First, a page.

It was January 2003 and the Irish Rugby Football Union (IRFU) was considering scraping one of its professional teams. The one on the chopping block was Connacht, the western-most of Ireland’s four provinces.
Based in Galway on the Atlantic coast, Connacht had long been the runt of the Irish rugby litter, with few if any players in the running for national selection, it was seen as unsustainable, and unnecessary – not a rugby heartland.
Fast forward 13 years and perennial cellar-dwellers, Ireland’s Westerners were Guinness Pro 12 champions, playing a brand of rugby Australian fans would adore – heads-up, smart rugby – under the guidance of Pat Lam (the former Auckland Blues head coach). They destroyed three-time European champions, Leinster, in the 2016 final, in Murrayfield, with a team made up of local talent nurtured through the provincial academy, cast-offs from the other Irish teams, and a couple of imported rough diamonds.
How did a team destined for the scrap heap survive to become high-flyers? Passion. And not just from people from the West, thousands of rugby fans donned the green and white of Connacht, and walked from Searson’s on Baggot Street to the IRFU’s offices on Lansdowne Road, beside the national stadium, to demand that Irish rugby retain four professional teams.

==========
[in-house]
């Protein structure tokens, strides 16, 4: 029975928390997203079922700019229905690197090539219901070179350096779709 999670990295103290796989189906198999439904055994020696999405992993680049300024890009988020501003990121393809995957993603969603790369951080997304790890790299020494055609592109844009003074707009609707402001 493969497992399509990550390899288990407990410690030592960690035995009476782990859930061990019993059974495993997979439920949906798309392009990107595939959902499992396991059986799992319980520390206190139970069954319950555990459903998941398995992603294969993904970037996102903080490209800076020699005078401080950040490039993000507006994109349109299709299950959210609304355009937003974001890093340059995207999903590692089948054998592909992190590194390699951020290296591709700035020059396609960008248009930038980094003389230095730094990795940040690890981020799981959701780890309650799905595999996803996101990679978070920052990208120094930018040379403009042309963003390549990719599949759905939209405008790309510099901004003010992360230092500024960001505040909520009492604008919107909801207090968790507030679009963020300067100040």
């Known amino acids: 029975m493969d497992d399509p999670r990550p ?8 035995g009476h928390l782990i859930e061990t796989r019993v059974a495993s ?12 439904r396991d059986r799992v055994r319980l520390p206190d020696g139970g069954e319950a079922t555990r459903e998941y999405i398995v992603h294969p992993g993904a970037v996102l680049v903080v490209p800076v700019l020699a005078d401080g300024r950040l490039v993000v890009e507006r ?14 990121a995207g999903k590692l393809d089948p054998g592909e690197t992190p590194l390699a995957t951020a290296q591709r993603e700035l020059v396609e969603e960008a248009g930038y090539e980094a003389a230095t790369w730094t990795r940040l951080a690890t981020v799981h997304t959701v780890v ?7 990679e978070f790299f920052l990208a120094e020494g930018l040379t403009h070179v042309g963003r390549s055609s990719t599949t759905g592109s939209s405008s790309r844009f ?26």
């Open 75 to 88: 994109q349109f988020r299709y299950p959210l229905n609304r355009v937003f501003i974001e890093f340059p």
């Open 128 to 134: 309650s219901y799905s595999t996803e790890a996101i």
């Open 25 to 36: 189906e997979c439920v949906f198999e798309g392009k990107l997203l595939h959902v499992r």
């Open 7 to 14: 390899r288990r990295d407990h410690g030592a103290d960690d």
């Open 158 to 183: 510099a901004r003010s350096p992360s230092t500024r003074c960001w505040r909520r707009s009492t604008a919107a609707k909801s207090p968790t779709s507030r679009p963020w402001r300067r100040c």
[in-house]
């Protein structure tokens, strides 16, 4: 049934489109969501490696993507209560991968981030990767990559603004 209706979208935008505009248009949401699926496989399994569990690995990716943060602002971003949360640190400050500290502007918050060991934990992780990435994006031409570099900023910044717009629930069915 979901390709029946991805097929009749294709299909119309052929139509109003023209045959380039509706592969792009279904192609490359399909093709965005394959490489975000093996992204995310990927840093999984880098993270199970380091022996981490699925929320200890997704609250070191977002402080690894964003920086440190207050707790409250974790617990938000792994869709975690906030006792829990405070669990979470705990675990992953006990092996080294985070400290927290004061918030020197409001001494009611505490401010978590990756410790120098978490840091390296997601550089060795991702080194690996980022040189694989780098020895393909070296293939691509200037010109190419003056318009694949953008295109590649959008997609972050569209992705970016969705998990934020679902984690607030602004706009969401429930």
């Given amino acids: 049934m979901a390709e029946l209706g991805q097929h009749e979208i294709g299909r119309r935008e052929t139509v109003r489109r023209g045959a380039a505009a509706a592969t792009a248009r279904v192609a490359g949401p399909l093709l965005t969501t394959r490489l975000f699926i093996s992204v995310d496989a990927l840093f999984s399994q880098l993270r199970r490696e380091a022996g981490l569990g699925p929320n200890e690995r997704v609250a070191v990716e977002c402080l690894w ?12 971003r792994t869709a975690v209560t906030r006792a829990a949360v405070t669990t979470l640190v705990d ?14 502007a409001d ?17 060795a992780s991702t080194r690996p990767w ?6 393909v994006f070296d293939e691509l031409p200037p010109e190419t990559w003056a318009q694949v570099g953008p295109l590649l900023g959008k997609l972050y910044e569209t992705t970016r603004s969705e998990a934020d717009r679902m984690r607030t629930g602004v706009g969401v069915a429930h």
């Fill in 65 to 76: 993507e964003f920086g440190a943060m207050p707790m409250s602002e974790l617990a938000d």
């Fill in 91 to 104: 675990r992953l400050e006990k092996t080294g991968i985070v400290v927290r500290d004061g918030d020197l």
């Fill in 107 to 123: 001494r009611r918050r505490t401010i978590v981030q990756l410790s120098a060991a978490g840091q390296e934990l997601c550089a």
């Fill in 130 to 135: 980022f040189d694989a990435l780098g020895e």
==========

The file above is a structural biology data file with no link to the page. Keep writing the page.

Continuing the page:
The powers that were relented, and Connacht was spared. Admittedly on a smaller budget than the powerhouses of Leinster, Munster and Ulster, often surviving on players deemed surplus to requirements by the others. Passionate coaches, Michael Bradley and Eric Elwood, went on to lay the foundations for recent success. Connacht Rugby took the game to parts of the province that had Gaelic Football strongholds, and developed a new fan base. Thousands now regular sell out the Sportsgrounds, and plans are being made to develop a bigger venue to cater for the team’s growing support-base.
The Australian Rugby Union’s argument that Australia cannot sustain five Super Rugby franchises is familiar, and once again it appears the men from the West are most at risk of being axed. That may well be the case , but it is hard to argue with the fact that West Australians are showing up in numbers at NIB Stadium, and the Force are playing with a passion that surpasses that shown by other Australian franchises… surely there’s a way to use the Force to build a player-base in the West, and a viable team.
Maybe Australian rugby fans need to take a stand and fight for the Force (and/or the Rebels a whose to say that four teams will be sustainable?). It cannot be left to those in the West to stand alone against the culling of a team that has produced Wallabies in the past.